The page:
Sight and Wave phenomena (not resolution or diffraction)

Joel Hjertén
Flashcards by Joel Hjertén , updated more than 1 year ago
Joel Hjertén
Created by Joel Hjertén over 7 years ago



Resource summary

Question Answer
Basic strucure of the eye
Depth of vision Ability to see in 3D, enables us to judge how far away things are. Much based on experience. 2 eyes = 2 images (slightly different) -> brain can judge distance/motion better.
Accomodation Distant object = ciliary muscles relax, lens gets longer and thinner Near objects = ciliary muscles contract, lens gets shorter and thicker
Function of rods Scotopic vision - No colors, dim light, motion Peripheral vision - corner of our eyes Located a few degrees from the foeva and then spread out with decreasing concentration
Function of cones Photopic vision - color, normal light conditions Visual acuity - ex: reading very small letters Located directly in the foeva/yellow spot which consists only of cones
Primary colors Red, green, blue
Secondary colors Magenta, yellow, cyan R+G = yellow G+B = Cyan R+B = Magenta
Perception of colors Blue = cold Red = warm
Standing waves - when do they happen? Two waves: Same frequency, same speed, nearly same amplitude, in opposite directions. They meet up and superpose. Can also happen when a wave is reflected of a fixed boundary
Nodes and antinodes Node = no movement Antinode = highest amplitude
Standing waves VS travelling waves Travelling waves transfer energy, standing waves do not. Any given point on a travelling wave can attain any amplitude.
Wavelength of a standing wave Twice the distance between nodes/antinodes
Define the Doppler Effect An effect of relative motion between a source of waves and the observer. The result is a difference between the observed freq. and the actual freq.
The relation between frequency and wavelength that are Doppler shifted Low frequency = long wavelenth High frequency = short wavelength
How the Doppler Effect is used to measure speed Ex: Police radars direct microwaves of known frequency at a car that is speeding. The microwaves reflect back and are Doppler shifted. The speed of the car is found by the equation at the left bottom of p.224.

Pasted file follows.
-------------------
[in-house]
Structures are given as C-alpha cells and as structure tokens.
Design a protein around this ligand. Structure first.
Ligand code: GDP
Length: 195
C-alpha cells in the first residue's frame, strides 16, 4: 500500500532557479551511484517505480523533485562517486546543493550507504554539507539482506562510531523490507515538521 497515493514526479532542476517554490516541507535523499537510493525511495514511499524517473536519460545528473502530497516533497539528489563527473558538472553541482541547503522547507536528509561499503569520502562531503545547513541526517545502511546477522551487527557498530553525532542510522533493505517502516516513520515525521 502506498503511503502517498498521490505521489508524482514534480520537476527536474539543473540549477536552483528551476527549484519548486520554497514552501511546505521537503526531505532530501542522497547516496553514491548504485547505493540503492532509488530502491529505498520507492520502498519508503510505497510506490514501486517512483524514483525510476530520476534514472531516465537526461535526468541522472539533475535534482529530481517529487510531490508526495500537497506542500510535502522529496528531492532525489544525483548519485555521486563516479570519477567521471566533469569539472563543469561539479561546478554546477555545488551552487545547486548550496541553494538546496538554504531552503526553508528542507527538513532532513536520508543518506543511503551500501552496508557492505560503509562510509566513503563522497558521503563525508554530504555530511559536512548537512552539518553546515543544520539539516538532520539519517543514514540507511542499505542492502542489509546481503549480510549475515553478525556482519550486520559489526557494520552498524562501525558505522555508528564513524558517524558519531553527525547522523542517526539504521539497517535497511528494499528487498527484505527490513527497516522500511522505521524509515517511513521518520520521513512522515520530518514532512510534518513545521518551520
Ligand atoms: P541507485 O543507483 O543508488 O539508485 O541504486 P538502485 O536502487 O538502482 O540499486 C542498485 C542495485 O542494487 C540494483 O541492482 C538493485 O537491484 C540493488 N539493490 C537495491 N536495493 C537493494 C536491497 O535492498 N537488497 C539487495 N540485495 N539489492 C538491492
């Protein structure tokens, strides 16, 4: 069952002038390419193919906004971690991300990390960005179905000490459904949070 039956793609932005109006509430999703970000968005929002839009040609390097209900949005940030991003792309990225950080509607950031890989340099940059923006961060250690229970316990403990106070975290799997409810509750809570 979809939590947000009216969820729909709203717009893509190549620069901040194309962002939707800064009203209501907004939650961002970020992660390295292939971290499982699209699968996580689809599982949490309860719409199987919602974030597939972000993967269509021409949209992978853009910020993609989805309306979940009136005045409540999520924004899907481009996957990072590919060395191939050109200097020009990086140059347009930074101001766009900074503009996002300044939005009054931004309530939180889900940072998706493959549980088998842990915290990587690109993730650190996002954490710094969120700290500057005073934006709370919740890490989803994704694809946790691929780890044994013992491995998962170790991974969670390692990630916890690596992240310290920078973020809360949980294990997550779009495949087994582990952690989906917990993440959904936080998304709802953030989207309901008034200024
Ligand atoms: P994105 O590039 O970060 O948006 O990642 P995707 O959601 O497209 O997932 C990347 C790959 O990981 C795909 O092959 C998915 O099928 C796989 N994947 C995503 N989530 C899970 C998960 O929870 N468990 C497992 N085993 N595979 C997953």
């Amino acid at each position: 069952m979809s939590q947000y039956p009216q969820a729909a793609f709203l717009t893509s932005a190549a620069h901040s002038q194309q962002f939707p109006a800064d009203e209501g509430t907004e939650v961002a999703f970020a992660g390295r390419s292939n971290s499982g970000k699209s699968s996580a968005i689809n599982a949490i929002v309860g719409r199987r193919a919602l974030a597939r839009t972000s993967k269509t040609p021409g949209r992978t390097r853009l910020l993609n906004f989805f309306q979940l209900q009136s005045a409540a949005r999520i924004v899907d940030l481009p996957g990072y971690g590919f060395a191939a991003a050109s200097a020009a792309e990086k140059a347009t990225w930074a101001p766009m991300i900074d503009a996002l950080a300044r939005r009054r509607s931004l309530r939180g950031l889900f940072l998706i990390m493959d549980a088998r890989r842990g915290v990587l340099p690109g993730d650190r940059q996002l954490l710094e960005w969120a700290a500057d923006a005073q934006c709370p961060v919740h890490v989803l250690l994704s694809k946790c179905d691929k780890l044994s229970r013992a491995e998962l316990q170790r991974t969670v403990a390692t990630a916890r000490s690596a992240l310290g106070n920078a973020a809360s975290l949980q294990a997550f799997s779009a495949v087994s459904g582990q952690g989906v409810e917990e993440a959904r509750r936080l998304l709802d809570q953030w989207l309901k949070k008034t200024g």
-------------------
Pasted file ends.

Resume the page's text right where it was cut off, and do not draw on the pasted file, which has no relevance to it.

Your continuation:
Define polarized light Light waves in which the oscillations only occur in one plane.
What kind of waves can be polarized? Only transverse waves, not longitudal.
Polarization by reflection (define) Whenever light is reflected it is partially plane polarized. Natural light is partially polarized when it passes through the atmosphere.
Brewster's Law If a ray light is incident on the surface of a transparent medium so that the reflected ray is perpendicular to the refracted ray, the reflected wave will be plane polarized.
Polarizer and analyzer Two sheets of polarizing material or polaroids are arranged so that they are mutually perpendicular then no light can pass through the combination. The first sheet is called the polarizer and the second the analyzer.
Optically active substances A material that rotates the plane of incident plane polarized light is said to be "optically active". Some rotates clockwise, some anticlockwise.
Polarization to determine concentration of solutions Depending on the concentration, the liquid polarizes less or more light. By comparing the difference in light sent through one can determine the concentration.
Liquid-crystal displays (LCDs) They twist/untwist depending on the strength of the field. A reflector is at the back of the display and when no voltage is applied to the electrodes, light simply reflects right back. When the display is switched on, liquid-crystal molecules untwist and block the light.
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